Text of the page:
Re: psilo
by Paul on Tue 11th Nov 2003 02:36 UTC

Are you referring to the beta installer that Syntaxis link to? If so, I think I feel a smile creeping across my face. That would be a news item.

I have a question, but only time will tell; If Debian comes out with a decent installer, how will the other Debian based distro's fair? I currently use Knoppix, solely for the installation routine.

Re: psilo
by Kar120c on Tue 11th Nov 2003 02:49 UTC

"If Debian comes out with a decent installer, how will the other Debian based distro's fair?"

I don't think it'd have too much of an impact. To me, much of their strength comes from better, or at least better integrated and easy to use configuration tools than can be found in a normal Debian install. Even with the easy install of Debian that Knoppix gives, I still wouldn't point someone new to Linux to it, just because I know most would have a tough transition without better hardware update and configuration utilities. I think eventually though that a desktop oriented controll panel style setup will be made for Debian, and that's the point where I personally wonder how other distros are going to fare. The commercial distros get their money from home use primarily through offering software and system updates. If someone can install Debian Unstable and get a Mandrake style controll panel as well as updates that come faster than mandrake or lindows provide, it's going to be seriously sharp competition.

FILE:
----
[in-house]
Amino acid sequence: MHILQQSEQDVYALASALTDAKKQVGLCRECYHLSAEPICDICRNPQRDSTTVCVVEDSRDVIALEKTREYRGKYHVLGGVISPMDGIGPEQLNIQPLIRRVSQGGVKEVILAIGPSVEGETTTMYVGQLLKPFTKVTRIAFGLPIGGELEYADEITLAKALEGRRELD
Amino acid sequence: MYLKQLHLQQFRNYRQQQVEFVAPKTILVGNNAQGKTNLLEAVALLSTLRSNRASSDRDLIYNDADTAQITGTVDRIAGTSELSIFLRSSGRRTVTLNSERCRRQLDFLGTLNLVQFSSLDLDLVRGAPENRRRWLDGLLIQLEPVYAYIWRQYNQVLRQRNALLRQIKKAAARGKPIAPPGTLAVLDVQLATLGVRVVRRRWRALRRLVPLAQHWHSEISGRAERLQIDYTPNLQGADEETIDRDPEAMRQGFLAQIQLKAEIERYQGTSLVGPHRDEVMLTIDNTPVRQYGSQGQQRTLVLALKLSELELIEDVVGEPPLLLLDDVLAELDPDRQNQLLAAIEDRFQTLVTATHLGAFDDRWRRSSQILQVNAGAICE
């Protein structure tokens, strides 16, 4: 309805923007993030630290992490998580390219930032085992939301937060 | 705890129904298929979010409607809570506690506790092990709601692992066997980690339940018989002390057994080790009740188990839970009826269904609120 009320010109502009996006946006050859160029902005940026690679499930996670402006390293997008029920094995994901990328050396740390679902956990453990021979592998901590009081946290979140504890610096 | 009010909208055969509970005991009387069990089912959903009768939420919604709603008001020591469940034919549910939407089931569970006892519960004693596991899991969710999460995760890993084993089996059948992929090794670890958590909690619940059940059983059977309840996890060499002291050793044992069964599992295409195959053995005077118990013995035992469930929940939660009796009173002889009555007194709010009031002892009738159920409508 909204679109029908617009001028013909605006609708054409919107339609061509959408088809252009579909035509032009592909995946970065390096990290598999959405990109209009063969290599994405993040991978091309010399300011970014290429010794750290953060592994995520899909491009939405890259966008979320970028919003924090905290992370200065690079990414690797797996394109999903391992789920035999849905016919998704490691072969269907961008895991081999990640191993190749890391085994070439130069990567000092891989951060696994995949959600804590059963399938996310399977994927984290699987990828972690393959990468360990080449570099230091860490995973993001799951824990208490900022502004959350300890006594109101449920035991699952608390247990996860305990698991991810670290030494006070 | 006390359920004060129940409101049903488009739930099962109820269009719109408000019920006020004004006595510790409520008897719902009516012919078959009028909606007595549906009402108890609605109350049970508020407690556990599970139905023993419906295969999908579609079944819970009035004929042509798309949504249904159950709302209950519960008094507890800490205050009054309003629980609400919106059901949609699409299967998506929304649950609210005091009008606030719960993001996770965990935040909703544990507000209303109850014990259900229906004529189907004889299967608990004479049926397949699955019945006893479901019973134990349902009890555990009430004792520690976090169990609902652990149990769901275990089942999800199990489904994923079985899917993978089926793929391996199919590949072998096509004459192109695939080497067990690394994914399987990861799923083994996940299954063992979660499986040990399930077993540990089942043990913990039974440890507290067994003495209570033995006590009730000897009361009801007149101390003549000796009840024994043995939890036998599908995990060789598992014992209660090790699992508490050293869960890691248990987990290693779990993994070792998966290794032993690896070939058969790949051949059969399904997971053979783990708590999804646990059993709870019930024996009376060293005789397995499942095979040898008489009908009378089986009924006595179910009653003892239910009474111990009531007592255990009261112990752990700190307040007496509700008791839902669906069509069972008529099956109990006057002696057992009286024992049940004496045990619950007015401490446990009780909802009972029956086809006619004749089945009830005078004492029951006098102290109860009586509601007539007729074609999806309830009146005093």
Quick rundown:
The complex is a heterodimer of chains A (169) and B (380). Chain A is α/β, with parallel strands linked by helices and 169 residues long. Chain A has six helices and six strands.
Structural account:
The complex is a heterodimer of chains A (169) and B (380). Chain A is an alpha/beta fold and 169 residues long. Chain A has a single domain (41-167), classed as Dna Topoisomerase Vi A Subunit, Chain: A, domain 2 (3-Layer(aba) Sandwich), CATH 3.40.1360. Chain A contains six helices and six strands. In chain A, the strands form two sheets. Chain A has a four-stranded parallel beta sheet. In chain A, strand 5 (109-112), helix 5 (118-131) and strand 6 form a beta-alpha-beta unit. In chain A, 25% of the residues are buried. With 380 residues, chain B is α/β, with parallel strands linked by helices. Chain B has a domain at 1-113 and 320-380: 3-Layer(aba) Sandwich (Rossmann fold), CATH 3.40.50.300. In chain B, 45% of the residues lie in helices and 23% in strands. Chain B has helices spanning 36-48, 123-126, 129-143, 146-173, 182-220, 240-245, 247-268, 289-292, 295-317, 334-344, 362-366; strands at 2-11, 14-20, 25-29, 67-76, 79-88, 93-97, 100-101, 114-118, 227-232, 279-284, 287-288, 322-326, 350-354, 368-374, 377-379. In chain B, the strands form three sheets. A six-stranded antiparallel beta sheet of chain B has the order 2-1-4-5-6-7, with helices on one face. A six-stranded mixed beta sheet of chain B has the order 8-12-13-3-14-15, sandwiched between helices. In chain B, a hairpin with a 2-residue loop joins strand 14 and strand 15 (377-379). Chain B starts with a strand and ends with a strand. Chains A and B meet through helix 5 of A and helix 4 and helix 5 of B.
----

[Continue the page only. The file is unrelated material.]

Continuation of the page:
Libranet is good...
by Denis Law on Tue 11th Nov 2003 02:50 UTC

but it didnt install on my Toshiba laptop, and I just dont know Debian enough to get everything setup right. And there aren't many books out there specifically targetting Debian...